My wife and I have been stumped for good appointment television, something we can chill out with together after the kids go to bed. We need to go back and finish up Ozark, but it feels like very stressful viewing at the moment. So we tried out Schitt’s Creek, but that may have been a bit of an overcorrection. Also, that first season is rough.
Luckily, we stumbled onto The Right Stuff from National Geographic. It made for very comfortable viewing over the holidays.
The Right Stuff tells the story of the seven astronauts in the Mercury program — Scott Carpenter, Gordon Cooper, John Glenn, Gus Grissom, Wally Schirra, Alan Shepard, and Deke Slayton — and their race against the Russians to put an American into orbit. As a space nerd, I know the story well. But the technical bits play only a small part in the first season of this television drama.
The Right Stuff is a more holistic, modern take on the story. It dwells on economic and social themes, and spends lots of time exploring the experience of the wives and children of these deeply flawed men. My favorite actor by far is Eloise Mumford, whose portrayal of Trudy Cooper feels equal parts tragic and inspirational. The stars of this first season, however, are Patrick Adams and Jake McDorman, whose rivalry as John Glenn and Alan Shepard, respectively, keeps the whole plot line moving forward until the very end. Overall, I get the sense that the entire ensemble cast is just finding its footing in this first season, and I’m eager to see where it goes in season 2. —Charlie Hall
The Right Stuff (2020) is streaming on Disney Plus.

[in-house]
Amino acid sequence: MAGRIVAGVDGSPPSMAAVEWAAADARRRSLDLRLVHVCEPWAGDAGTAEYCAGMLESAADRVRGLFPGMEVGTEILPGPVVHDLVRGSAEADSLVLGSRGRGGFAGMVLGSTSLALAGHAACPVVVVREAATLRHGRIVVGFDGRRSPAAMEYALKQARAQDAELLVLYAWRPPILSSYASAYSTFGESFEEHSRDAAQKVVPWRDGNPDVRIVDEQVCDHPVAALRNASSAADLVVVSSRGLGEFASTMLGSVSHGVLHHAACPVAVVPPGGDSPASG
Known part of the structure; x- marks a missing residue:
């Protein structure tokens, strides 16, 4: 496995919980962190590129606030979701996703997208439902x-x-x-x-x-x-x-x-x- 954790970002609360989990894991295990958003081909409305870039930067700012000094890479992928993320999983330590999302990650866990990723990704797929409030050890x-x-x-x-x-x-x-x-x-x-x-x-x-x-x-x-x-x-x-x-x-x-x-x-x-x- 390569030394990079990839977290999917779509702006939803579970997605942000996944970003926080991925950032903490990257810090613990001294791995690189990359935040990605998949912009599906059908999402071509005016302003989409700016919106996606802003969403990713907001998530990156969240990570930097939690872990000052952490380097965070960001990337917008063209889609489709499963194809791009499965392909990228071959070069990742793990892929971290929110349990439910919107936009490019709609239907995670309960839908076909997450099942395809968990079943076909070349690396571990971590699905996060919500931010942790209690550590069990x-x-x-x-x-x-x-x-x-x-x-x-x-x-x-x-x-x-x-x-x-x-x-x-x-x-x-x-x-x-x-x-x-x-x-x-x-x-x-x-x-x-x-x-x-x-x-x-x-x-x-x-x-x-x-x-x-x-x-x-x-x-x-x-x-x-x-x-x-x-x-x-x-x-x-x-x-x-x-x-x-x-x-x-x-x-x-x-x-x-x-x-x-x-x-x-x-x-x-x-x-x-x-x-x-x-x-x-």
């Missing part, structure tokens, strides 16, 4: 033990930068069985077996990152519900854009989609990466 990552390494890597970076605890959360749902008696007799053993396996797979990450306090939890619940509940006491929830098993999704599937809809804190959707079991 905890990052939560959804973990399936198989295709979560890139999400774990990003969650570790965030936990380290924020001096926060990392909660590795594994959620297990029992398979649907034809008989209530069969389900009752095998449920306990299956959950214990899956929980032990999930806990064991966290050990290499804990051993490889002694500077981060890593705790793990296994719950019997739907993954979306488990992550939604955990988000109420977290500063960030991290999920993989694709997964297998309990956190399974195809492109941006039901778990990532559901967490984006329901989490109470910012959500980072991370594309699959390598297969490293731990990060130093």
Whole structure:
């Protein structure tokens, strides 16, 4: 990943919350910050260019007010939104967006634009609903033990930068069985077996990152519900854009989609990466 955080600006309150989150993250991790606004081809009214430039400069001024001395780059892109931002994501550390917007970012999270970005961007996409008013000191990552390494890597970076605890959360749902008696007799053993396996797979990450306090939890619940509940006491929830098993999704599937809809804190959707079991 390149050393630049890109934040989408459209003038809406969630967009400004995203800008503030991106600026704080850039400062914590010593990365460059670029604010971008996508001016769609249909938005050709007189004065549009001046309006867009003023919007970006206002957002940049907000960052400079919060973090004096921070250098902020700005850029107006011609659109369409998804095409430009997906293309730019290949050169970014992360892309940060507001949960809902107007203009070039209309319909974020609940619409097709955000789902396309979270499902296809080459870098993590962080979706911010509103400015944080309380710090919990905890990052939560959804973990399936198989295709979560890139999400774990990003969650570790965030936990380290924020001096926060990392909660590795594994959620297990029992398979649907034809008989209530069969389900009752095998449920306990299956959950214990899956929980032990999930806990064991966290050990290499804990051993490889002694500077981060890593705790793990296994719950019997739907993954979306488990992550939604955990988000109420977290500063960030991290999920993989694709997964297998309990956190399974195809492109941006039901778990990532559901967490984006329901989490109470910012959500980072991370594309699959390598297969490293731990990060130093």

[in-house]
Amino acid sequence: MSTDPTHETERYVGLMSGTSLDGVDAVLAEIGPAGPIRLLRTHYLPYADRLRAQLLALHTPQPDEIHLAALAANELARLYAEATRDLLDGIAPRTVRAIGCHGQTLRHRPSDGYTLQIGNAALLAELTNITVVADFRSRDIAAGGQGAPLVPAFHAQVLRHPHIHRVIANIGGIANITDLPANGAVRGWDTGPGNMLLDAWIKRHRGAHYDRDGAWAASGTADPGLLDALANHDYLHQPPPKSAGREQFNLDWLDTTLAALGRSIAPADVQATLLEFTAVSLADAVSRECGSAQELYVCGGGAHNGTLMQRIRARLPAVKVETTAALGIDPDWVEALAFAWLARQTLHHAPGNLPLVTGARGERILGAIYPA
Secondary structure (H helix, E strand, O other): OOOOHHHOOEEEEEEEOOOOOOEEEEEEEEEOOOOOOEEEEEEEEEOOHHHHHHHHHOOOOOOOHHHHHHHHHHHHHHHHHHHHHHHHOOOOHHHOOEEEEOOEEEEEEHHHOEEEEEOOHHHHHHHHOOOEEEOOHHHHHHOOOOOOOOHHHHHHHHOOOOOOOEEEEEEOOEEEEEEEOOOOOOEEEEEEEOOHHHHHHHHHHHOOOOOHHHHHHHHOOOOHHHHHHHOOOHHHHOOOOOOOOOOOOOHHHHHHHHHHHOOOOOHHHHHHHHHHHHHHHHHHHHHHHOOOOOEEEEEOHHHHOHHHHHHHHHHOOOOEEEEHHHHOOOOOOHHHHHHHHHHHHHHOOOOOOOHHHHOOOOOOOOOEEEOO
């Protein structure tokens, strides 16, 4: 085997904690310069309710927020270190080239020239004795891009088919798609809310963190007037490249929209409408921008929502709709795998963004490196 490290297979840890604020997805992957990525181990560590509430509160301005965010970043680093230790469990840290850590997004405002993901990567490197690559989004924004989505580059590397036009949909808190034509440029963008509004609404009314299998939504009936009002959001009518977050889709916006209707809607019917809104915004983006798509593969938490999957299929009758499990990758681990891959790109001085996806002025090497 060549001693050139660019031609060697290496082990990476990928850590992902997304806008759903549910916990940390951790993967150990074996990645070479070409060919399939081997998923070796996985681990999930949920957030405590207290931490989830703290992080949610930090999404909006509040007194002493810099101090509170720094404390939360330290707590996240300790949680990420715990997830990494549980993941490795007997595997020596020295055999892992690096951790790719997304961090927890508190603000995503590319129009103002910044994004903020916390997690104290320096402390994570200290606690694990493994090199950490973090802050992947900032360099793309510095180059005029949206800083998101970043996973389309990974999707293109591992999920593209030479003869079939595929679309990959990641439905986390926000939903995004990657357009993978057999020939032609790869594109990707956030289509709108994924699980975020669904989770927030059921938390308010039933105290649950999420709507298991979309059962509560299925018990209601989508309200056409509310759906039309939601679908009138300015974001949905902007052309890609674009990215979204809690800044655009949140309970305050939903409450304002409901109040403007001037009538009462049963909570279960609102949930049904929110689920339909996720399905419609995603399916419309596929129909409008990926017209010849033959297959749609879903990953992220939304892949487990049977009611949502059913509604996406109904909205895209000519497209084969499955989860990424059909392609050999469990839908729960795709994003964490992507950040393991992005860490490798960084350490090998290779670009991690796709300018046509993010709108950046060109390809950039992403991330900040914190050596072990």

War Dogs is a 2016 film that follows the Scarface/Wolf of Wall Street formula of showing how everything involved with a life of crime is good and fun ... until it isn’t. You know the type: The audience is introduced to our scrappy but undervalued “hero,” who somehow falls into a world of likely illegal antics, gets rich, parties ... and then realizes they’re in way over their head, and the only way out is prison or a body bag.
Miles Teller and Jonah Hill have great chemistry together as the bro-tastic arms dealers that make a (figurative, arguably) killing fulfilling government arms procurement contracts through questionable sources, but this isn’t high art.
There are multiple references to War Dogs’ pop culture antecedents in the script, and the whole thing has a breezy, surprisingly low-stakes “isn’t the system really at fault here?” feel to it. Which makes War Dogs an enjoyably goofy, if rote, look at the banality of war profiteering and the shocking amounts of money that keep the world awash in guns and bullets. No one seems to know how much this stuff is worth — there is one funny scene where the military informs the pair that their bid came in $50 million or so under the next lowest offer for a job — which makes the story’s ending even more ironic. The only thing that took the duo down was a failure to pay their subcontractors; everyone else was happy to pay up and “look the other way.” —Ben Kuchera
War Dogs is available to stream on HBO Max.
Wynonna Earp is a lore-deep, monster-of-the-week, rootin’ tootin’ Wild West shoot-’em-up that’s long on attitude and short on whiskey (because Wynonna drank it all). As the heir to the Earp name, Wynonna returns to her hometown of Purgatory to break the curse on her family, by killing the 77 revenants that her great-great-granddad Wyatt previously put down. That naturally gets complicated by witches, demons, magic, and shadowy government organizations, and a host of great characters with shifting allegiances that turn enemies into unlikely allies and then back again.
There are plenty of prestige TV shows, with big ideas and experimental styles (like my other favorite holiday break watch, The Flight Attendant). This show is not that; it’s classic straightforward evening TV, well crafted and well paced, with strong characters and well-defined arcs. It doesn’t reinvent the wheel; it just makes a very, very good wheel. —Jenna Stoeber
Seasons 1 -3 of Wynonna Earp are streaming on Netflix. Season 4 episodes stream on the SyFy app.